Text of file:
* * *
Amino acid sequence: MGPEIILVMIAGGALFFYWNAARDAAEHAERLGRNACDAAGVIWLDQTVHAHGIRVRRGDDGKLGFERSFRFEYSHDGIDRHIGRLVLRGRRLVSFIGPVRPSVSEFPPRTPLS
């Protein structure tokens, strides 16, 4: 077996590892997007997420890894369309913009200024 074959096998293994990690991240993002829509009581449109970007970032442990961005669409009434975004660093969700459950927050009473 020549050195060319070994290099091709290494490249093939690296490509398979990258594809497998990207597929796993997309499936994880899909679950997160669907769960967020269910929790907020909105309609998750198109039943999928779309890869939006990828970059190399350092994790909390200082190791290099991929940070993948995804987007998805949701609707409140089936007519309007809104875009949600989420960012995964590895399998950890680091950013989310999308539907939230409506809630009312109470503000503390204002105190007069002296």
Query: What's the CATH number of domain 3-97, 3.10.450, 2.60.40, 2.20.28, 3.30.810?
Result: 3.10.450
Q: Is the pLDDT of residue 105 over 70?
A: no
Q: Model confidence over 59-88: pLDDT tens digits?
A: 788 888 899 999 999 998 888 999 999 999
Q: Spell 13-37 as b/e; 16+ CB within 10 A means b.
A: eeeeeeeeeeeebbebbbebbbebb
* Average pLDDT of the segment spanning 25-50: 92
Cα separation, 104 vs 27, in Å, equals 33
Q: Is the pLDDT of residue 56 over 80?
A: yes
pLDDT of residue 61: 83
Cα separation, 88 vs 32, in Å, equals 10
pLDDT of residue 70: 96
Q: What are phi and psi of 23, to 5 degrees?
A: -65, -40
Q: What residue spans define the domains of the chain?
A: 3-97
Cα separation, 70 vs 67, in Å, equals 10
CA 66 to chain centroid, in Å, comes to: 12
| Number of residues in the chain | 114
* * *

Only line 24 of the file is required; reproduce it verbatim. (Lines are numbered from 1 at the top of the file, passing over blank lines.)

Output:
| Number of residues in the chain | 114